The teachers became the students this week at Drayton Hall.
On Friday, the fifth and final instruction day of a continuing- education course, 21 K-12 teachers, mostly social studies instructors, gathered around an archaeological dig adjacent to the plantation house.
They would be searching for evidence of a covered walkway shown extending from the house in a 1765 watercolor depicting the property.
Sarah Stroud, archaeologist and preservation coordinator at Drayton Hall, said one team would use toothbrushes and dental picks to clean the bits of pottery, glass, pipe stems and other artifacts found earlier in the week.
"Don't scrape the artifacts with the dental picks. Brush, brush," said Stroud, who repeated instructions to her grown-up students. "Don't step onto the plastic units, they're slippery. Slippery, slippery!"
The rest of the group would be digging two new 5-foot-by-5-foot squares of dirt, dubbed archaeological units, and sifting the soil into wheelbarrows.
As with any class, there was a clown in the group.
"What if one of the artifacts crumbles in our hands?" asked Barbara Crosby, who teaches second grade at Sangaree Elementary in Summerville.
"Do we just curl up and die?"
"You put it in the other person's bowl," said Rikki Davenport, one of the class' instructors.
Davenport, who taught high school social studies for nine years, has organized teacher workshops every two years since she has worked at Drayton Hall. But this is the first year she has offered college credit.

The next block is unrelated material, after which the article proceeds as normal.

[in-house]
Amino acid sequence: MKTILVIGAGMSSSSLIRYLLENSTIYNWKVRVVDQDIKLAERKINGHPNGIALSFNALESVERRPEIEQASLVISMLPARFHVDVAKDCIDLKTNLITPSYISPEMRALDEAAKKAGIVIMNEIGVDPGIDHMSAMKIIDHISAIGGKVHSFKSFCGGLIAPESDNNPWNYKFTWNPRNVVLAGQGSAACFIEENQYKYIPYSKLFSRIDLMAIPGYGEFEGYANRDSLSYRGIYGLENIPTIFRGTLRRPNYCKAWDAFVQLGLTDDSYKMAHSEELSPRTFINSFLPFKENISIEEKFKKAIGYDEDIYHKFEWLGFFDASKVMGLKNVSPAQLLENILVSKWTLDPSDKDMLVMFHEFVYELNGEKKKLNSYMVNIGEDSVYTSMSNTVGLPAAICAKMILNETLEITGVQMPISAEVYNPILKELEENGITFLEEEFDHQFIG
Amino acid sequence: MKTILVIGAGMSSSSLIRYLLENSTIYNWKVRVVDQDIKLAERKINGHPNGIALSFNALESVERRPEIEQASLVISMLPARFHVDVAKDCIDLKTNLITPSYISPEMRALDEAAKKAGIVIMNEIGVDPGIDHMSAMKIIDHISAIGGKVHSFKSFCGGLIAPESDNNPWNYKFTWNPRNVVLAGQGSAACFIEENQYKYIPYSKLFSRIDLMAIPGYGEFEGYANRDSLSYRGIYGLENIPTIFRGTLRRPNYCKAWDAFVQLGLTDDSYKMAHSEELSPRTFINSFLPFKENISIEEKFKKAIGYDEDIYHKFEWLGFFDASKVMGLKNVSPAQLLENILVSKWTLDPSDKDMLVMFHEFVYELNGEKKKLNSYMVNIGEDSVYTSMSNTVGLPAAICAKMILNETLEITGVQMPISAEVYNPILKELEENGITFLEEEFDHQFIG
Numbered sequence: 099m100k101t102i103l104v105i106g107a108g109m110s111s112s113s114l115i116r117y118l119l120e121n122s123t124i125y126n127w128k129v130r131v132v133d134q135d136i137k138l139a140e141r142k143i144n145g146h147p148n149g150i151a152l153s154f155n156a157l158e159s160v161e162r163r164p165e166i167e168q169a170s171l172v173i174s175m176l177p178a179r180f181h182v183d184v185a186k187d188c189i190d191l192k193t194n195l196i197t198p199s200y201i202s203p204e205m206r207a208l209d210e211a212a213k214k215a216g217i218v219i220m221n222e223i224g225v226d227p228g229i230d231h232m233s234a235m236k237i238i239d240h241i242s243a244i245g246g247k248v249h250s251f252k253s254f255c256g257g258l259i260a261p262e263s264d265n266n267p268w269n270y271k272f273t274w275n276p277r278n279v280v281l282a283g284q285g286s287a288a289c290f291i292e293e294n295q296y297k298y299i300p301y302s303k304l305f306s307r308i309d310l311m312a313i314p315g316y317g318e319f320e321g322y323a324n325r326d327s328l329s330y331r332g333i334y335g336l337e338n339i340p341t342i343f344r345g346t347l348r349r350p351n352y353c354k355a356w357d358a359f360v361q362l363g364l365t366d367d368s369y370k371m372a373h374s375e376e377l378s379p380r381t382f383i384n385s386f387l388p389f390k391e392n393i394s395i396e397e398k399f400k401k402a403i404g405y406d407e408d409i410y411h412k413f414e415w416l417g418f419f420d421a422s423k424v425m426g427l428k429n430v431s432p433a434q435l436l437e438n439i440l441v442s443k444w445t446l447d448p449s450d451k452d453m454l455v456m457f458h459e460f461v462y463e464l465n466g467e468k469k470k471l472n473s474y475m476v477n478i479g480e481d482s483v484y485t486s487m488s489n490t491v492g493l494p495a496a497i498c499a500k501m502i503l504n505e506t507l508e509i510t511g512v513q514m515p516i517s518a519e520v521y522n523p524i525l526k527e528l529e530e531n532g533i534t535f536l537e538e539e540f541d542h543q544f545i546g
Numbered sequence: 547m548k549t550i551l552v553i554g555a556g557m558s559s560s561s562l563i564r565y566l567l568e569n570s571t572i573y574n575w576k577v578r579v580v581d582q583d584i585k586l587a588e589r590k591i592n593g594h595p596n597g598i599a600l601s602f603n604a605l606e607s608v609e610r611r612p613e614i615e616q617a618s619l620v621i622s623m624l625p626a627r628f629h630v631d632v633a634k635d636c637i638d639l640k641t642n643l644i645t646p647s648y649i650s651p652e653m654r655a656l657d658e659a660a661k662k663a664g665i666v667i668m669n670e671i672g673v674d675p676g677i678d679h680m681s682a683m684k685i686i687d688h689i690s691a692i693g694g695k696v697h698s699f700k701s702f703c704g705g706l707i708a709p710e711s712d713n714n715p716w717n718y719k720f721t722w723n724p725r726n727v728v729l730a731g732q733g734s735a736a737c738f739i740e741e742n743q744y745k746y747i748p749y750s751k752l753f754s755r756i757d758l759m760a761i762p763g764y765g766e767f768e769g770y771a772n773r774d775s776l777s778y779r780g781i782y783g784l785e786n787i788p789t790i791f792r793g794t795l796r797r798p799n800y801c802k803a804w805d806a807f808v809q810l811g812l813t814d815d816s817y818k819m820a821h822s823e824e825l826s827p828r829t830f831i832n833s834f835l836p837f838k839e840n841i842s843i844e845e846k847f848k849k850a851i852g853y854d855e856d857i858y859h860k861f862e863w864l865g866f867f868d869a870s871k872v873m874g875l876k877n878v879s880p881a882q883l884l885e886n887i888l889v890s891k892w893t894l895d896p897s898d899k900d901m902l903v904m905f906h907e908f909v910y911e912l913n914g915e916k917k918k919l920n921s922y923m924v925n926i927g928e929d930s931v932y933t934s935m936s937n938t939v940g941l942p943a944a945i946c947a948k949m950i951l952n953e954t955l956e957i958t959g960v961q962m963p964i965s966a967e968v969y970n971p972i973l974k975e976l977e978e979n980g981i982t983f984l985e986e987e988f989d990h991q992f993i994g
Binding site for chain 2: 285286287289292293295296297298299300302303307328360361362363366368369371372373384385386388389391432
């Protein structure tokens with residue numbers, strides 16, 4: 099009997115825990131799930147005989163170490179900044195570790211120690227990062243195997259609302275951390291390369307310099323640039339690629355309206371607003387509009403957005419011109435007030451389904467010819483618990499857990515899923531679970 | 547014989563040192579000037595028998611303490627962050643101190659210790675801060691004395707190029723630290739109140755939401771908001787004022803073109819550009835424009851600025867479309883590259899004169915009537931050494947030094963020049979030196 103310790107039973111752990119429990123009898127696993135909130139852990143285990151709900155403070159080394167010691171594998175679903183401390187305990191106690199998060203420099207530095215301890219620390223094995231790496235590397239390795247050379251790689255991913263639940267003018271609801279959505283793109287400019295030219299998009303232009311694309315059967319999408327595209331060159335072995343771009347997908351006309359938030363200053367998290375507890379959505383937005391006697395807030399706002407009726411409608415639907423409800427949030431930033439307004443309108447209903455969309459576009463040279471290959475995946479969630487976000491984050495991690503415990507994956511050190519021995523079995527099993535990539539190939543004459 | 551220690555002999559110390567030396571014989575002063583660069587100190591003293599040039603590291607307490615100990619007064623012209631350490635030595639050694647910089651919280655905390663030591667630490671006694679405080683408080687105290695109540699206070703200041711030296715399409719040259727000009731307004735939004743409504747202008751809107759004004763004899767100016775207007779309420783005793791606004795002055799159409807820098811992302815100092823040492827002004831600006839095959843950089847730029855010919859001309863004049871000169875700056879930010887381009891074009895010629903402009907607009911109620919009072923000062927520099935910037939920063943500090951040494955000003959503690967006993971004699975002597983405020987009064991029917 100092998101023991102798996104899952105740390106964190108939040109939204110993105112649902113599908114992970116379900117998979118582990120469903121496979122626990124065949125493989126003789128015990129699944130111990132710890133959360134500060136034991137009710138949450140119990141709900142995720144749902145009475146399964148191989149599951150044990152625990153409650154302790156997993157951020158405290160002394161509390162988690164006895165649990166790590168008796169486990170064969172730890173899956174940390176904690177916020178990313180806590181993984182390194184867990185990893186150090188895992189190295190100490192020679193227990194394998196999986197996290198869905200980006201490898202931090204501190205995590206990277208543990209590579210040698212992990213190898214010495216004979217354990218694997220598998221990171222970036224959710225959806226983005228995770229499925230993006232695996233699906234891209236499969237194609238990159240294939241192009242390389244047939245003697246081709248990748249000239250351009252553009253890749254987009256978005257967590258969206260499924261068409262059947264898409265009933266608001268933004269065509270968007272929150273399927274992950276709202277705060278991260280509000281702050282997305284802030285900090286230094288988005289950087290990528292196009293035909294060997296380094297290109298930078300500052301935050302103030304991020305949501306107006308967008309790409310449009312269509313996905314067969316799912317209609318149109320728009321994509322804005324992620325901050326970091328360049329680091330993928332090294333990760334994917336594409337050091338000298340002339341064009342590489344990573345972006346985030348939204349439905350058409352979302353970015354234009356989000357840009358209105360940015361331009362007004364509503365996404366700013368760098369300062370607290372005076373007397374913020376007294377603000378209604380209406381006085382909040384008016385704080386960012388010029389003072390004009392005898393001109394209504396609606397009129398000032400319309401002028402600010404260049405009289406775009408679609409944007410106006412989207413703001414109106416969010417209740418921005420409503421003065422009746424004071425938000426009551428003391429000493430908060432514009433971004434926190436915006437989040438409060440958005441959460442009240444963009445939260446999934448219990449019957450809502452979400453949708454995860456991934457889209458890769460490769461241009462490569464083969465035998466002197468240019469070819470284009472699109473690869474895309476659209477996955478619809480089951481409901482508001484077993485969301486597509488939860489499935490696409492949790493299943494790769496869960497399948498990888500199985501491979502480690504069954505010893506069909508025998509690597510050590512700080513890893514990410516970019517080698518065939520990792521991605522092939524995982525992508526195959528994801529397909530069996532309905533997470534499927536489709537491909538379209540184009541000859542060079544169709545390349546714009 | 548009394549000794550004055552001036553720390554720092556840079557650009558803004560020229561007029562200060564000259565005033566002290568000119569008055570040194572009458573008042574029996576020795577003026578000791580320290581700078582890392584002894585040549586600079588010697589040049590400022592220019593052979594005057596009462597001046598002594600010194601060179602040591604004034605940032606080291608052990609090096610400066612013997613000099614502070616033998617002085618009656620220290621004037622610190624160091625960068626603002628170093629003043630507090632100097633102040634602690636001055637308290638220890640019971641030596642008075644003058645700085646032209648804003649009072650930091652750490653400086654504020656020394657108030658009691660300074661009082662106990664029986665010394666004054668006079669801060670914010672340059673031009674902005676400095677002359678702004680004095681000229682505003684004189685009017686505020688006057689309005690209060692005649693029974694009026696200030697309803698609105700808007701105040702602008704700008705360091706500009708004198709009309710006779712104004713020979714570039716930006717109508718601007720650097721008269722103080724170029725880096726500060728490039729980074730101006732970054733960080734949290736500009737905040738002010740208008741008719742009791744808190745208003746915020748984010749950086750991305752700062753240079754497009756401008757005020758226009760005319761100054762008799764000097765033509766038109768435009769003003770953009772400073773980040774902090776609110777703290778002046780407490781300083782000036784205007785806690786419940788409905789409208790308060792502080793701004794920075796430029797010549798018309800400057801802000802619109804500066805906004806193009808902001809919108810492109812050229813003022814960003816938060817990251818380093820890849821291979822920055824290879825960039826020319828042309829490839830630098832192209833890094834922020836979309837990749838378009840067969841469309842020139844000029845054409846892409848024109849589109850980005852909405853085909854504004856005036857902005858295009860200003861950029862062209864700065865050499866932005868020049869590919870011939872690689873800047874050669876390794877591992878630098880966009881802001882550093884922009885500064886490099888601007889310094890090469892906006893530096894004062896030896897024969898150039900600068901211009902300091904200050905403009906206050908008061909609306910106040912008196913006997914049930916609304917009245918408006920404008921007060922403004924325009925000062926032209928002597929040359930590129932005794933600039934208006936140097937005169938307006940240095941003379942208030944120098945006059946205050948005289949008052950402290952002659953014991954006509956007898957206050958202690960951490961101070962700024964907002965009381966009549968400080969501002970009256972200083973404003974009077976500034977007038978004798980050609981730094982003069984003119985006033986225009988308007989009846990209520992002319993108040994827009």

"I knew we could bring in more teachers and they could get more from it," said Davenport, who is also the curator of education for Drayton Hall.
"Myself and Leslie Newman became adjunct instructors at the College of Charleston, we created the class from scratch and we secured a grant from the National Trust for Historic Preservation and the Hearst Foundation."
That $14,100 grant plus staff time provided by Drayton Hall meant that most of the teachers had to pay only $105 for the course, which took them on premium tours of such historic sites as the Old Slave Mart Museum, Fort Moultrie, Fort Sumter, the Powder Magazine, the Hunley and the Penn Center on St. Helena Island, near Beaufort.
"The whole idea here and something I feel very passionate about it site-based education," Davenport said. "In the Lowcountry, we have numerous rich resources for our students to be able to see. Unfortunately, many schools are not able to get out to these places. I wanted to do whatever I could to make sure that teachers could teach their students about the sites that they can't necessarily get to on field trips."
Most of the teachers were from the tri-county area, but Debbie Gould and Carol Whisman made quite a field trip to attend the class: They drove 20 1/2 hours from Kansas.
Gould had taken a school trip to Charleston in May, but was able to see only Fort Sumter and the Yorktown, so she came back to see the rest and brought Whisman with her.
Both teachers said they most enjoyed learning about the Civil War from a Southern perspective. They also marveled at the lush greenery of their surroundings, the hospitality of the fellow teachers and the amount of history in South Carolina, chartered as a colony in 1663, compared with Kansas, which became a territory in 1854.
"We're such a young state in comparison to you here, that to find things from the American Revolution or the French and Indian War or even before has just been an incredible experience and we're so glad we came and they let us in," Gould said.
"I was telling these guys last night in the van, 'Your stories are going to end up in a Kansas classroom.' "
For the final exam on July 25, each teacher will present one of his or her three required lesson plans based on historic site visits. All 21 teachers will be provided their colleagues' work, meaning each teacher will end the course with 63 lesson plans.
The plans also will be posted on Drayton Hall's website. Davenport said they already have a waiting list for next summer.